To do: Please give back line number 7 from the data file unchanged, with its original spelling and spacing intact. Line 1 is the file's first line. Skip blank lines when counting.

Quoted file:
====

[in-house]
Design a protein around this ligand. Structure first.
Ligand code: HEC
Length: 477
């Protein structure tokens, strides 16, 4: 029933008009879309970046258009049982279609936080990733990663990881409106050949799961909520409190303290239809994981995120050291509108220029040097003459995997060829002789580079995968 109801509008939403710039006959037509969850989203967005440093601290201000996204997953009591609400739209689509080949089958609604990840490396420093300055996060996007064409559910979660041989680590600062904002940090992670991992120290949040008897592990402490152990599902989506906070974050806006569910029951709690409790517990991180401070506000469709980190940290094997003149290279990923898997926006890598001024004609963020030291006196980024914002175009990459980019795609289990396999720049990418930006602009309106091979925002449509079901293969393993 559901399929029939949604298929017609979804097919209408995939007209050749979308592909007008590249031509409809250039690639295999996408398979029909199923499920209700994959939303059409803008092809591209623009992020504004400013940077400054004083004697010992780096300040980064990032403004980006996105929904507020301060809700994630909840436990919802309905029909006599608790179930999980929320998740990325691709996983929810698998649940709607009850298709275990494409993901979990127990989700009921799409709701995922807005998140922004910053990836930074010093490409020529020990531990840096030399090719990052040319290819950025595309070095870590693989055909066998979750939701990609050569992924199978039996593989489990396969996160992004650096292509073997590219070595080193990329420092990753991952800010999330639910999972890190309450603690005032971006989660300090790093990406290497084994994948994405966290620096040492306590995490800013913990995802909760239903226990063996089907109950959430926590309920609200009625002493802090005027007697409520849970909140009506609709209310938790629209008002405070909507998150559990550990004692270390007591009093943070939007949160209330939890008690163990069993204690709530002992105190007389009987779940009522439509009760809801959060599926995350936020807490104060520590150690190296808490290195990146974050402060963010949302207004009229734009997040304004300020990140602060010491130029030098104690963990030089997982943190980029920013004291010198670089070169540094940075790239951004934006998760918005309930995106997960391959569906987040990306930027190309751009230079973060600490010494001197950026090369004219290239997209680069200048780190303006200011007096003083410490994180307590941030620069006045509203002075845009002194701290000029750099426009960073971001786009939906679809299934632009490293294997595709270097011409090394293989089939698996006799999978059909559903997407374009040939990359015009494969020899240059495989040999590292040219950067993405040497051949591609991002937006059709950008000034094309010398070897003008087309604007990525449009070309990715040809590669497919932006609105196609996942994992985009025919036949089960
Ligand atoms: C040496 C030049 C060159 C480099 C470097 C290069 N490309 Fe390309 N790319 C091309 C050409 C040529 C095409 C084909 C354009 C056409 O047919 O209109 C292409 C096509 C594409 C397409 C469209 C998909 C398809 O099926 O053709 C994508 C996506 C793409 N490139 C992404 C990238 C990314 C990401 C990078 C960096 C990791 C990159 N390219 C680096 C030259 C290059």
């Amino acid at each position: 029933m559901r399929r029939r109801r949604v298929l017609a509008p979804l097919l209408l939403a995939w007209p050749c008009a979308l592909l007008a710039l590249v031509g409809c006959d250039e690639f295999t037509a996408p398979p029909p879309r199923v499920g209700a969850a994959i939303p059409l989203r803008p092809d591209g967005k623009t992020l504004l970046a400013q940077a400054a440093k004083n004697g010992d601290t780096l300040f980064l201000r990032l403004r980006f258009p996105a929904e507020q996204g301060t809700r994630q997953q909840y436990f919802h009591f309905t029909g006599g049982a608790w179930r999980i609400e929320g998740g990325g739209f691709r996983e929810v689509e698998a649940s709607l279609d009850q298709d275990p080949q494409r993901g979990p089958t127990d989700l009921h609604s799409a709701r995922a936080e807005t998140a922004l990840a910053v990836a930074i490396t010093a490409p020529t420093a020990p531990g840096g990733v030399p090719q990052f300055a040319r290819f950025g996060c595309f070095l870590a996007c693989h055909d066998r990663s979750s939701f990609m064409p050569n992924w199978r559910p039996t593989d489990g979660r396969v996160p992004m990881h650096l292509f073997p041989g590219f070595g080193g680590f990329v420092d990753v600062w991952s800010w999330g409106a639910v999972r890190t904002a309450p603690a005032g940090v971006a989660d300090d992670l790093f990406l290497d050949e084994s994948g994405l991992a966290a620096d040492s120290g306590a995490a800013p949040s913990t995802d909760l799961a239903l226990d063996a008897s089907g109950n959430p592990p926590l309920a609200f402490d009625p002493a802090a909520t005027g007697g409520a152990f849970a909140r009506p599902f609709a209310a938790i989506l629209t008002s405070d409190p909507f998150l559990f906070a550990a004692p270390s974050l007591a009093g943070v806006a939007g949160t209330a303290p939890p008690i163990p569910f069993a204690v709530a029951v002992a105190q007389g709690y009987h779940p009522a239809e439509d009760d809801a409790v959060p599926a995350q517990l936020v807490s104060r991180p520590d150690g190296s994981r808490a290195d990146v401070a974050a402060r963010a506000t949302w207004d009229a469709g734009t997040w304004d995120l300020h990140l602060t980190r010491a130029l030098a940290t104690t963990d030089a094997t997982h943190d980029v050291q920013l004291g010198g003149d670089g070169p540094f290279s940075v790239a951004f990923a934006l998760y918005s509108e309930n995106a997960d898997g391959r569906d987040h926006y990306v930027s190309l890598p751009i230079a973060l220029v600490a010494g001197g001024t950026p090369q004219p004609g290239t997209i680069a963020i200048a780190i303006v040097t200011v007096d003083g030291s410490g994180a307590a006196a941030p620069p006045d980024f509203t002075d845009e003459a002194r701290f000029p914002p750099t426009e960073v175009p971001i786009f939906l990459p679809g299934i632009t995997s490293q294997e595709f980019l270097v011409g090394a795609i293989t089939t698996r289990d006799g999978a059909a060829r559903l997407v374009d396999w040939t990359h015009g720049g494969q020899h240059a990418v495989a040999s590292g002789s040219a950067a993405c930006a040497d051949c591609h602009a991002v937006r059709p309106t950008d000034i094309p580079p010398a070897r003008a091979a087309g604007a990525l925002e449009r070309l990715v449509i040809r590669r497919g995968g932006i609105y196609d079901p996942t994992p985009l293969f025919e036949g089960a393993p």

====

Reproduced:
């Amino acid at each position: 029933m559901r399929r029939r109801r949604v298929l017609a509008p979804l097919l209408l939403a995939w007209p050749c008009a979308l592909l007008a710039l590249v031509g409809c006959d250039e690639f295999t037509a996408p398979p029909p879309r199923v499920g209700a969850a994959i939303p059409l989203r803008p092809d591209g967005k623009t992020l504004l970046a400013q940077a400054a440093k004083n004697g010992d601290t780096l300040f980064l201000r990032l403004r980006f258009p996105a929904e507020q996204g301060t809700r994630q997953q909840y436990f919802h009591f309905t029909g006599g049982a608790w179930r999980i609400e929320g998740g990325g739209f691709r996983e929810v689509e698998a649940s709607l279609d009850q298709d275990p080949q494409r993901g979990p089958t127990d989700l009921h609604s799409a709701r995922a936080e807005t998140a922004l990840a910053v990836a930074i490396t010093a490409p020529t420093a020990p531990g840096g990733v030399p090719q990052f300055a040319r290819f950025g996060c595309f070095l870590a996007c693989h055909d066998r990663s979750s939701f990609m064409p050569n992924w199978r559910p039996t593989d489990g979660r396969v996160p992004m990881h650096l292509f073997p041989g590219f070595g080193g680590f990329v420092d990753v600062w991952s800010w999330g409106a639910v999972r890190t904002a309450p603690a005032g940090v971006a989660d300090d992670l790093f990406l290497d050949e084994s994948g994405l991992a966290a620096d040492s120290g306590a995490a800013p949040s913990t995802d909760l799961a239903l226990d063996a008897s089907g109950n959430p592990p926590l309920a609200f402490d009625p002493a802090a909520t005027g007697g409520a152990f849970a909140r009506p599902f609709a209310a938790i989506l629209t008002s405070d409190p909507f998150l559990f906070a550990a004692p270390s974050l007591a009093g943070v806006a939007g949160t209330a303290p939890p008690i163990p569910f069993a204690v709530a029951v002992a105190q007389g709690y009987h779940p009522a239809e439509d009760d809801a409790v959060p599926a995350q517990l936020v807490s104060r991180p520590d150690g190296s994981r808490a290195d990146v401070a974050a402060r963010a506000t949302w207004d009229a469709g734009t997040w304004d995120l300020h990140l602060t980190r010491a130029l030098a940290t104690t963990d030089a094997t997982h943190d980029v050291q920013l004291g010198g003149d670089g070169p540094f290279s940075v790239a951004f990923a934006l998760y918005s509108e309930n995106a997960d898997g391959r569906d987040h926006y990306v930027s190309l890598p751009i230079a973060l220029v600490a010494g001197g001024t950026p090369q004219p004609g290239t997209i680069a963020i200048a780190i303006v040097t200011v007096d003083g030291s410490g994180a307590a006196a941030p620069p006045d980024f509203t002075d845009e003459a002194r701290f000029p914002p750099t426009e960073v175009p971001i786009f939906l990459p679809g299934i632009t995997s490293q294997e595709f980019l270097v011409g090394a795609i293989t089939t698996r289990d006799g999978a059909a060829r559903l997407v374009d396999w040939t990359h015009g720049g494969q020899h240059a990418v495989a040999s590292g002789s040219a950067a993405c930006a040497d051949c591609h602009a991002v937006r059709p309106t950008d000034i094309p580079p010398a070897r003008a091979a087309g604007a990525l925002e449009r070309l990715v449509i040809r590669r497919g995968g932006i609105y196609d079901p996942t994992p985009l293969f025919e036949g089960a393993p």